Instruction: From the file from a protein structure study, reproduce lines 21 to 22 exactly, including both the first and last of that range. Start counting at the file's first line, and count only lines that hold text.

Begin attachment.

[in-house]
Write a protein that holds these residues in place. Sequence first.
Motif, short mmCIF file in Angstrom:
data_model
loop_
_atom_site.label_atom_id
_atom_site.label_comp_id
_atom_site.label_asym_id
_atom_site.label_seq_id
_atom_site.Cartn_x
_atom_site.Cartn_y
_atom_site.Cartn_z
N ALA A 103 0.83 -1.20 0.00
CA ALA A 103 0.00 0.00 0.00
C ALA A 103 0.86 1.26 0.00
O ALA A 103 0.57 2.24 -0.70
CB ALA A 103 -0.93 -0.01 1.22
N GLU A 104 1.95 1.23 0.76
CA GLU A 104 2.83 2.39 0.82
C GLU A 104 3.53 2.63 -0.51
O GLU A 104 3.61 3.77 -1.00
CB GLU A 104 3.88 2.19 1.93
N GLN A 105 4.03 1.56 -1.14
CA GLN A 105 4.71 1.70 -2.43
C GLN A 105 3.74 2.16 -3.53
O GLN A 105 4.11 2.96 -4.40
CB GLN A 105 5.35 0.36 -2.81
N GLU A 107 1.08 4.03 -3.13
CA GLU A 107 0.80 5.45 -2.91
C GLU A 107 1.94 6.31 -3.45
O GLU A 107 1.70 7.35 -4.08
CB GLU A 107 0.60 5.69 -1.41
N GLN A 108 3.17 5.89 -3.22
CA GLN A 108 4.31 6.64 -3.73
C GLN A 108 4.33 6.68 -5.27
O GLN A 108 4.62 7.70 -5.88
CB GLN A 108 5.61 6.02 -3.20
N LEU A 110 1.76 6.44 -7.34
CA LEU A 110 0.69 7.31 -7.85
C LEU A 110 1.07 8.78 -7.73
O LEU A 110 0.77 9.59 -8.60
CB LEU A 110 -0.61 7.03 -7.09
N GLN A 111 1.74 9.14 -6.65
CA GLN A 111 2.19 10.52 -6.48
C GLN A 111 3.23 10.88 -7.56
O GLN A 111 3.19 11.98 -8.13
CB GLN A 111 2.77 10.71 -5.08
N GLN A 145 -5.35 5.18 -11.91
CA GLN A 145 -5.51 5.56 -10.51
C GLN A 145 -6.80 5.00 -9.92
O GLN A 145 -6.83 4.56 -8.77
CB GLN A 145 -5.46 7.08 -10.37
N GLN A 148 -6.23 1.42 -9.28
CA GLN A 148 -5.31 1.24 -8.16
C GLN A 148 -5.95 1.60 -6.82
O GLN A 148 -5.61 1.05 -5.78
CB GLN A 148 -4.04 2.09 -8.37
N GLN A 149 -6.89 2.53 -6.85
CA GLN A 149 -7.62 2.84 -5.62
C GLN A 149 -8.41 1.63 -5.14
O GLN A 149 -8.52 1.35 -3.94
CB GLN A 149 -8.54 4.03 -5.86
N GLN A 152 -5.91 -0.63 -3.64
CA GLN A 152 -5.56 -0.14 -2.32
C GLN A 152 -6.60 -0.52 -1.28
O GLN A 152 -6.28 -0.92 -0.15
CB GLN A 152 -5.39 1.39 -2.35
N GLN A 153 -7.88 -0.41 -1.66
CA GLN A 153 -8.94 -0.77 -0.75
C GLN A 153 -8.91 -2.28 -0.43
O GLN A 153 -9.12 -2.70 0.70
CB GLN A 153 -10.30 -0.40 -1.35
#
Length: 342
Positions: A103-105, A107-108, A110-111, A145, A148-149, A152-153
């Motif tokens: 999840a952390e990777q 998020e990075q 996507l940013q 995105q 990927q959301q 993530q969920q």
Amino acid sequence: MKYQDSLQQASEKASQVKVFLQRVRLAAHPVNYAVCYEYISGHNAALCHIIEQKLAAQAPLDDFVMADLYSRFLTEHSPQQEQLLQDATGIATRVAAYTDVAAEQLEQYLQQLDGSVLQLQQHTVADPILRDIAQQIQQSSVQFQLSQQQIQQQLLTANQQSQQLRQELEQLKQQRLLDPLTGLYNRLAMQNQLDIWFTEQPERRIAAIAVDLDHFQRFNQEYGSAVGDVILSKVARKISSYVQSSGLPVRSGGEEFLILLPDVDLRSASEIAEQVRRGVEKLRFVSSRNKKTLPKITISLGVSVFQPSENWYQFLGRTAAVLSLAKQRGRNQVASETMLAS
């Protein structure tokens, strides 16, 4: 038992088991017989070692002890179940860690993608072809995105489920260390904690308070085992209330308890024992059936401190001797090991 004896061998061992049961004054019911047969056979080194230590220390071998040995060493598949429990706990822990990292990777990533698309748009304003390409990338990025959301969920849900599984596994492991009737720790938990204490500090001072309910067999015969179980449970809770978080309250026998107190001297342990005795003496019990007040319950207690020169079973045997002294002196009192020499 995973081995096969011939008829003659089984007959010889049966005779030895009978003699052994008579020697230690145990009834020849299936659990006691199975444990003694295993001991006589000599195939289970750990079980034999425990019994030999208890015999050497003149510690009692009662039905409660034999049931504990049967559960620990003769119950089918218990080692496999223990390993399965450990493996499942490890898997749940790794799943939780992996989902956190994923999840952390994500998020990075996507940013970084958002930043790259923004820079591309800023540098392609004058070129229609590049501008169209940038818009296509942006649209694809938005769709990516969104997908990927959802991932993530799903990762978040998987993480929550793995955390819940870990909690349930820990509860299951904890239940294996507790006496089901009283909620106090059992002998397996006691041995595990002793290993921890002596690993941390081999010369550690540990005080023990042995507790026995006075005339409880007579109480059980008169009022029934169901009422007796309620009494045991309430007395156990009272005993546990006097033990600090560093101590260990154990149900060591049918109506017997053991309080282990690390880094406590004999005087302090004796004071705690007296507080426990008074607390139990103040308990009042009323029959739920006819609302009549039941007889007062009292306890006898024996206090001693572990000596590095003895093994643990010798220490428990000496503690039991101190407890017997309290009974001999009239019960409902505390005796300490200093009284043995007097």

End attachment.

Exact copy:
O GLU A 104 3.61 3.77 -1.00
CB GLU A 104 3.88 2.19 1.93